Flamingo Indigo - Test Papers


Class 12 English Core (Indigo)

General Instructions:-

  • All questions are compulsory.
  • Question No.1 to 7 carries 3 marks each.
  • Question No. 8 to 10 caries 6 marks each.

  1. Why is Raj Kumar Shukla described as ‘resolute’?
  2. How did Gandhiji react to the Commissioner’s advice? Where did he go?
  3. Why did the servants think Gandhiji to be another peasant?
  4. Why did Gandhiji go to Lucknow in December 1916? Who met him there and why?
  5. How was Gandhiji treated at Rajendra Prasad’s house?
  6. Why was Gandhiji opposed to C.F.Andrews helping him in Champaran?
  7. What were the conditions of sharecroppers of Champaran?
  8. The Champaran episode was a turning point in Gandhiji’s life. Elucidate.
  9. Which factors helped the fear-stricken peasants of Champaran to achieve freedom?
  10. How was the Champaran episode a big success? Elucidate.

Class 12 English Core

  1. Raj Kumar Shukla wanted Gandhiji to accompany him to his village Champaran. Gandhiji was busy at that time and had to visit other parts of India. But Shukla followed him for months. Finally Gandhiji had to fix a date for his visit to Champaran .This incident describes him as resolute.
  2. Gandhiji began by trying to get the facts. First he visited the secretary of the British landlord’s association. The secretary told him that they could give no information to an outsider. Then Gandhiji called on the British official commissioner of the Tirhut division Gandhiji was asked to leave the division at once by the commissioner. He did not leave; instead, he proceeded to Motihari, the capital of Champaran.
  3. At Rajendra Prasad’s house, the servants thought Gandhiji was another peasant because he was quite simple in his dress and manners. He never presented himself as a great leader.
  4. Gandhiji went to Lucknow to attend the annual convention of the Indian National Congress. A poor peasant named Raj Kumar met him there. He was from Champaran and wanted Gandhiji to come to his village to help the poor sharecroppers.
  5. Since Gandhiji was quite simple in his dress and manners, the servants at Rajendra Prasad’s house mistook him to be a peasant. They did not allow him to draw water from the well lest it will get polluted. They let him stay on the grounds.
  6. As C.F. Andrews was a foreigner, Gandhiji opposed to take any help from him. Though Andrews was a social worker in Champaran and was a great follower of Gandhiji. He felt that a foreigner’s help should not be sought to free India of the Englishmen. According to him self-reliance was of utmost importance.
  7. The peasants of Champaran were tenants of British landlords. They were growing Indigo on 15 percent of their holding and surrendering the harvest as rent to the British landlord, as per a long-term sharecropping agreement. But when Indigo price fell due to synthetic indigo developed in Germany, the landlords obtained agreement from the peasants and asked to pay them compensation, to which some of the peasants resisted and fought their case in court.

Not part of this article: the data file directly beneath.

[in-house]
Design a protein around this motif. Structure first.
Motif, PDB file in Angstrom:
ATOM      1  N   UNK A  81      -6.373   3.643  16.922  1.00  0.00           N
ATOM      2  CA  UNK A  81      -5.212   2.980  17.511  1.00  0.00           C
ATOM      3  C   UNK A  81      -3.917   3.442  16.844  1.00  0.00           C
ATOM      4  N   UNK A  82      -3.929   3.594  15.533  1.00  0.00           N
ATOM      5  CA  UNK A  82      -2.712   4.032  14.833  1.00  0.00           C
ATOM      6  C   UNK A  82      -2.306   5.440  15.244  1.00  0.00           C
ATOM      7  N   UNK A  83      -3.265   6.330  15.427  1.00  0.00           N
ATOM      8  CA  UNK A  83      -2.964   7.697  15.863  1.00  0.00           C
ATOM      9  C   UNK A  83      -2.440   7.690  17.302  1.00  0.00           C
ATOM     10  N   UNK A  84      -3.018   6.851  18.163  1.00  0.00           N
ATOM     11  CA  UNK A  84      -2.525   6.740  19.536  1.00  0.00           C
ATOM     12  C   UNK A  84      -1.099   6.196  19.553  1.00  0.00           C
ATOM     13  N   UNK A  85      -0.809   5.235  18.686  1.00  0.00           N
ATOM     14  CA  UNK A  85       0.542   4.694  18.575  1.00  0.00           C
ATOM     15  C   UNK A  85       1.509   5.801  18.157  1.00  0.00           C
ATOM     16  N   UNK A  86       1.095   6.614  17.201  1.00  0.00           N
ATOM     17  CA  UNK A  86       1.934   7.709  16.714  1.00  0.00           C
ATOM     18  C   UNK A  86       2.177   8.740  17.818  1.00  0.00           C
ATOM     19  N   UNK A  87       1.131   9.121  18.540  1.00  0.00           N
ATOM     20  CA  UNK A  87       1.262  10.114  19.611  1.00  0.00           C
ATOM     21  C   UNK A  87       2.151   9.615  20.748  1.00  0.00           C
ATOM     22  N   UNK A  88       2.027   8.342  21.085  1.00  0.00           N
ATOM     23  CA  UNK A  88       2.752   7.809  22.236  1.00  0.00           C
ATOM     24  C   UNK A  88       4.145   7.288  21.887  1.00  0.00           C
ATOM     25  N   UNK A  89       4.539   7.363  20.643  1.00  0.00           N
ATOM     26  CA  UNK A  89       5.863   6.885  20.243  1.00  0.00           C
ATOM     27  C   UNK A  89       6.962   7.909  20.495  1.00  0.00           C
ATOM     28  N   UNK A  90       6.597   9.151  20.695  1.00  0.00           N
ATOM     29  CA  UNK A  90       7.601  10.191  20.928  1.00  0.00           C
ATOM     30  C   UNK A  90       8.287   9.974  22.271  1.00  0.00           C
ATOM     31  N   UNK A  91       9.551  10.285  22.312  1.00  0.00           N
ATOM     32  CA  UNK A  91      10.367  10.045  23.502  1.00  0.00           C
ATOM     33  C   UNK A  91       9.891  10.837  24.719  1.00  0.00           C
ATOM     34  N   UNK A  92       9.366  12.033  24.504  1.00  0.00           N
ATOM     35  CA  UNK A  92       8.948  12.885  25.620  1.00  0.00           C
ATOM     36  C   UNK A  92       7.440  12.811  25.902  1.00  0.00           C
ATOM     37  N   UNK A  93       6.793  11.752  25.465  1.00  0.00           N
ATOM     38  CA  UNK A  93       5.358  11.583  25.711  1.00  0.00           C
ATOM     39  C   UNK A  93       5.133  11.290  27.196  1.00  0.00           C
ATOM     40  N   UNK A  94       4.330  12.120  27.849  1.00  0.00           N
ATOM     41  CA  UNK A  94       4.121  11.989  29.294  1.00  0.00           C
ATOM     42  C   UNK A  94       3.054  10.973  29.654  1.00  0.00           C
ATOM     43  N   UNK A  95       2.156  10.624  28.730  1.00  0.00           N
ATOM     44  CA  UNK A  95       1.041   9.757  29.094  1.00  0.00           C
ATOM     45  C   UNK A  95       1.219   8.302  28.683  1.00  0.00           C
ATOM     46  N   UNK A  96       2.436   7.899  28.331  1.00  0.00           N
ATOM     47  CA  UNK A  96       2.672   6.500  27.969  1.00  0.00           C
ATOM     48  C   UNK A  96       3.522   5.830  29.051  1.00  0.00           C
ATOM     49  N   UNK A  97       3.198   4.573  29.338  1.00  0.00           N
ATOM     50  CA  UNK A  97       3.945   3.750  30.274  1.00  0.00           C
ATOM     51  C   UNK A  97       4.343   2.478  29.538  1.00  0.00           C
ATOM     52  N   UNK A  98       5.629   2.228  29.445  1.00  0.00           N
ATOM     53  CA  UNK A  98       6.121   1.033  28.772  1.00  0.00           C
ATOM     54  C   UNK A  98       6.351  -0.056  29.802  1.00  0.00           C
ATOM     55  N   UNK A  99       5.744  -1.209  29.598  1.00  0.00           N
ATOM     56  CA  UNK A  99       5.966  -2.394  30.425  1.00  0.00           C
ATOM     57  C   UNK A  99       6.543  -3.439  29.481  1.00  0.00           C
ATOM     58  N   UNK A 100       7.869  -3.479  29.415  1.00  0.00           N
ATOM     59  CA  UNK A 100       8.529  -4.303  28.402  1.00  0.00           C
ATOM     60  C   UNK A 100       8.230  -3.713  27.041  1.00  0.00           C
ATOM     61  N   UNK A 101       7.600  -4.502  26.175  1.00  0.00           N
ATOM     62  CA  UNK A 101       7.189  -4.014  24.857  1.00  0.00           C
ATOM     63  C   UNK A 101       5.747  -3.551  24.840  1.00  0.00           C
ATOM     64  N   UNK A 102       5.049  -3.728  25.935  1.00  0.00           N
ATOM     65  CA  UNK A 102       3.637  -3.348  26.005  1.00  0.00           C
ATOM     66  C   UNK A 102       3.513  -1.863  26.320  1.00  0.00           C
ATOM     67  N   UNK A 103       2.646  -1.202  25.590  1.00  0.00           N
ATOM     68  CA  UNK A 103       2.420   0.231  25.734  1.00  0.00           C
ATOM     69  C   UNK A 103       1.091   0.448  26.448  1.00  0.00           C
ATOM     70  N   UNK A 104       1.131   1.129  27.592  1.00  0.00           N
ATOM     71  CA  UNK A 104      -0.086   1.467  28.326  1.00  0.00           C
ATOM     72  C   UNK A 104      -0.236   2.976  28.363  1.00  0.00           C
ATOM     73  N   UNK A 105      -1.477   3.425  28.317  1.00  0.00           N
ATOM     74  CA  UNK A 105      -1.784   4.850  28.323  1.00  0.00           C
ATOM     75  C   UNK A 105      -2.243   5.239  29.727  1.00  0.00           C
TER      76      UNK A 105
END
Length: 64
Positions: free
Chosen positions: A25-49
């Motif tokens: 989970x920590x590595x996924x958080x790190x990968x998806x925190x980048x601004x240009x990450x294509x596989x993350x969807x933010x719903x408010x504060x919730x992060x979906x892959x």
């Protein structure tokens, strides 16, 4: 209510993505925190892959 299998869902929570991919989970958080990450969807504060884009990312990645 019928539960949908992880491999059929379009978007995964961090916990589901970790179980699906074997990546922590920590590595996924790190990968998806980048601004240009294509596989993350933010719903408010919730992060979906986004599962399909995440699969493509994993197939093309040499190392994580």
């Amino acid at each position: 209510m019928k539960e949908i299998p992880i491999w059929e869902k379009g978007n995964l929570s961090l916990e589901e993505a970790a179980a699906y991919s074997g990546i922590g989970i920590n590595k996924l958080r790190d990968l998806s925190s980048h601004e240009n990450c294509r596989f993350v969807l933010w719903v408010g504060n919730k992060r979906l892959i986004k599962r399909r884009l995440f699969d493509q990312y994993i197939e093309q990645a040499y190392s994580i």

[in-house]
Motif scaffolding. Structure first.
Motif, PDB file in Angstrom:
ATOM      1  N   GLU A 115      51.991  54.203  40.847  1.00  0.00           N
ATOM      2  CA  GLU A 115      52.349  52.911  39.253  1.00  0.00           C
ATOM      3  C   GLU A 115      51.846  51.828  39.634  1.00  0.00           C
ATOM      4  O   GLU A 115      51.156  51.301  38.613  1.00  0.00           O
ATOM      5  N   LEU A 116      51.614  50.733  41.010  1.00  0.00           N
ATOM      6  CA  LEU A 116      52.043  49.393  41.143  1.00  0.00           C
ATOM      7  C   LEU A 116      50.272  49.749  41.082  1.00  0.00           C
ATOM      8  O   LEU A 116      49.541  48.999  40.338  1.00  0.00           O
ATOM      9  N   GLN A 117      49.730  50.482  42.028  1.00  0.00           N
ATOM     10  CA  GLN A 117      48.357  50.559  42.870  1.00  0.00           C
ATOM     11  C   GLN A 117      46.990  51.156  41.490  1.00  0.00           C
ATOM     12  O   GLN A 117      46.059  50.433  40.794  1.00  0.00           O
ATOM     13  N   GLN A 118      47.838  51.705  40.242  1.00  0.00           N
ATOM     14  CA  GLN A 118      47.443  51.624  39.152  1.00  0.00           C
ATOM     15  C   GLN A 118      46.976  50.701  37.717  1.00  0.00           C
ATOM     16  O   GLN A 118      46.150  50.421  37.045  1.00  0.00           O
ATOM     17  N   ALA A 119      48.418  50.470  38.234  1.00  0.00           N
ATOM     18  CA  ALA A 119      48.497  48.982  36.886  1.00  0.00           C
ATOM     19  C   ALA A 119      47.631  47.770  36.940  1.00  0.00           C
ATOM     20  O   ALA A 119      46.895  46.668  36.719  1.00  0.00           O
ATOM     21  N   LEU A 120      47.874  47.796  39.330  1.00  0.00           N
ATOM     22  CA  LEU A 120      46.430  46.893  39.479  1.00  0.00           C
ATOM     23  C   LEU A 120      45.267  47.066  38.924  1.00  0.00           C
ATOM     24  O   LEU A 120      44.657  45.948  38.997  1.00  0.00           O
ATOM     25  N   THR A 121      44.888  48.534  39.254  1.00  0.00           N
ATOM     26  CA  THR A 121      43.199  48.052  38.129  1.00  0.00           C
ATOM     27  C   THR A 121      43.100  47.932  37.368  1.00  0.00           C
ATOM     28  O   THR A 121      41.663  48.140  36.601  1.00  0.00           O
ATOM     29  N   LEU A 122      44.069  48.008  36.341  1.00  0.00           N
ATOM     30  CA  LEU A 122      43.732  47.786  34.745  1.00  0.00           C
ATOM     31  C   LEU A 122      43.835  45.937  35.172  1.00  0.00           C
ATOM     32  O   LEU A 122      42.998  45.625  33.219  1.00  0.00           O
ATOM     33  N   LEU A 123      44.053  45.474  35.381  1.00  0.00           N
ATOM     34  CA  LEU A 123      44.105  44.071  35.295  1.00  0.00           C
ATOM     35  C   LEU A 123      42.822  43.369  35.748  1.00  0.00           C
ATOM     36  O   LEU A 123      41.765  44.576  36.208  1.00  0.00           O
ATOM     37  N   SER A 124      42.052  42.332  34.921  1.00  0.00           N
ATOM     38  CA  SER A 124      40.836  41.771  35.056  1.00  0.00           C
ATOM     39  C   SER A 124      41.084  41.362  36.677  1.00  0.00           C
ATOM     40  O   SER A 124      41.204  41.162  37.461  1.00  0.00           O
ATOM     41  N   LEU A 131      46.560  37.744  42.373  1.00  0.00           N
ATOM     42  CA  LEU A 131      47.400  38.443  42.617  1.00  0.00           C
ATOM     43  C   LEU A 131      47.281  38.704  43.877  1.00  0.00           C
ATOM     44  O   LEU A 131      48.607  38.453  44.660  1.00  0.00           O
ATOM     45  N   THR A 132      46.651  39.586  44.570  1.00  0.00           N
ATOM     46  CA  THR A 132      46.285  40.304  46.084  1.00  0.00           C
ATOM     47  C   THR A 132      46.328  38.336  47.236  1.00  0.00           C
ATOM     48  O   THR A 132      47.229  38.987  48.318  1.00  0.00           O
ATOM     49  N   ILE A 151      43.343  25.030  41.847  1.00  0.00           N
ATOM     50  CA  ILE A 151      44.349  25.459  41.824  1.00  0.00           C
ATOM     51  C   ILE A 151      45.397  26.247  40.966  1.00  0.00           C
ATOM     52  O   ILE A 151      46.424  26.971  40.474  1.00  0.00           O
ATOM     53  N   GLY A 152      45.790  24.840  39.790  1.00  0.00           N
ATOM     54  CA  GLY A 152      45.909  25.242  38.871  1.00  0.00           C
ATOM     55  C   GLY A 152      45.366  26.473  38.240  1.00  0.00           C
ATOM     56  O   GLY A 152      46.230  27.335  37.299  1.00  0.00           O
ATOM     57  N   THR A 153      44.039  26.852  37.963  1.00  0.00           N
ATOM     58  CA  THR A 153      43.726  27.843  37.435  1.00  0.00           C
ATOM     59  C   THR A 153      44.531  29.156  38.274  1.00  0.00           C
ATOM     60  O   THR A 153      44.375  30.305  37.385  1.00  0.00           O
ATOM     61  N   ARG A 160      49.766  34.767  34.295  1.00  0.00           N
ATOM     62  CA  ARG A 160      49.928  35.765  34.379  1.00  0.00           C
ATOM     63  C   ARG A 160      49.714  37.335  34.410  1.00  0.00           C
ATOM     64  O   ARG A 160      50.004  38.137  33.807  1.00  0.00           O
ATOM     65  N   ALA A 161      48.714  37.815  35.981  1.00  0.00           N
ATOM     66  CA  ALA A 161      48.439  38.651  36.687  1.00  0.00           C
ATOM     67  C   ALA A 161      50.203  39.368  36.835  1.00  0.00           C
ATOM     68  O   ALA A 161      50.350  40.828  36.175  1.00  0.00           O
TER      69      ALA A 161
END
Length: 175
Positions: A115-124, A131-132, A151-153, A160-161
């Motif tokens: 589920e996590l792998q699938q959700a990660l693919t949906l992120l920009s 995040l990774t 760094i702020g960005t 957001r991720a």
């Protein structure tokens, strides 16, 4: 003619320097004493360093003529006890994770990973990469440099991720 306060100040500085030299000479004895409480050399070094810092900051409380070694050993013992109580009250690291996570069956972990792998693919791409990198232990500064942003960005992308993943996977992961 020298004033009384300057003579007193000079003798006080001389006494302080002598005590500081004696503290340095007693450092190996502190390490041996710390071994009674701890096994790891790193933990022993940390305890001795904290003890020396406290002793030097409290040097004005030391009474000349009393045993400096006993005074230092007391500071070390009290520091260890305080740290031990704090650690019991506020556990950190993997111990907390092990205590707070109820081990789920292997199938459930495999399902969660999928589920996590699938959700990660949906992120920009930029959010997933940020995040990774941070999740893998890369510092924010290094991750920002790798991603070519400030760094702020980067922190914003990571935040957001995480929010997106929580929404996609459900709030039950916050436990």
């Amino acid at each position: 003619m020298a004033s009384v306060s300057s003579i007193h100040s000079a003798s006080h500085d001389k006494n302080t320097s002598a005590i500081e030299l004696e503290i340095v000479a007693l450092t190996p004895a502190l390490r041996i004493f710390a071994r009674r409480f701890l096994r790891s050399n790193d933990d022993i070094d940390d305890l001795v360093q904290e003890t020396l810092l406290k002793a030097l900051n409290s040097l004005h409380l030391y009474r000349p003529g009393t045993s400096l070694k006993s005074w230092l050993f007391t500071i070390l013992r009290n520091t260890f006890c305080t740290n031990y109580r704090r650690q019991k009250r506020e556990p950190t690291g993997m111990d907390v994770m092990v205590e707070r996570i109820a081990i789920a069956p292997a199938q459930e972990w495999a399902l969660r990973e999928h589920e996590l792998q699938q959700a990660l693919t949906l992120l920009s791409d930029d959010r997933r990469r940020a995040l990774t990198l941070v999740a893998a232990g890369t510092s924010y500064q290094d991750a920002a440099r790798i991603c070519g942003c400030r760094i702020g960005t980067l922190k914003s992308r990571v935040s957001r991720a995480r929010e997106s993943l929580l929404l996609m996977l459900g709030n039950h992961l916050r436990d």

8. Before the Champaran episode, Gandhji was not aware of the reality of the peasants of his motherland. On the insistence of the sharecropper, Raj Kumar Shukla, Gandhiji came to Champaran and saw the plight of poor peasants. It worked as an eye-opener for him and he decided to fight for their rights. The Britishers exploited the farmers and forced them to grow indigo. When it was not needed, they had to render compensation in order to free themselves from the condition.Gandhiji was shocked to see that they had approached the court for help. He gathered them and thus freed those from the fear of the Britishers.The peasants had by now realized that they too had their rights. Finally the Britishers left their land thus ending indigo share cropping. Through the Champaran episode, he made it clear to the British that they cannot rule on other Indians in their own country.
  9. The peasants were sharecroppers with the British planters. According to an old agreement, the peasants had to produce indigo on 15 percent of the land and give it as rent to the landlords. Meantime, Germany had developed synthetic indigo. So, the British did not require the indigo crop. To release the farmers from old agreement, they demanded compensation from them. As most of the farmers were illiterate, they agreed to it. Some of them refused to do so. Lawyers were then engaged to take the matter to the court. At that time, Gandhiji appeared in Champaran. He fought a long battle for the poor peasants and managed to get justice for them. The peasants now became fearless and became aware about their rights. Along with the political and economic struggle, Gandhiji worked on the social level also. He arranged for the education, health and hygiene of the peasants. They were self-reliant and thus, free from rule of British people.
  10. The fight and the success of Champaran was the success of Civil Disobedience Movement started by Gandhiji. It was the attempt of the poor peasants who were helpless to the fraud meted out to them. One of the sharecroppers, Raj Kumar Shukla, contacted him and told him about the condition of the peasants in his village. Gandhiji’s presence in Bihar raised a huge row in Champaran. Thousands of peasants held a demonstration to protest against the government. The government was baffled. The orders for Gandhiji to leave Champaran were disobeyed by him. After which an inquiry commission was set to collect the information, which later ordered the sharecroppers to get 25 percent of their money. Thus, the rule of British had to leave, and it was huge success for the farmers.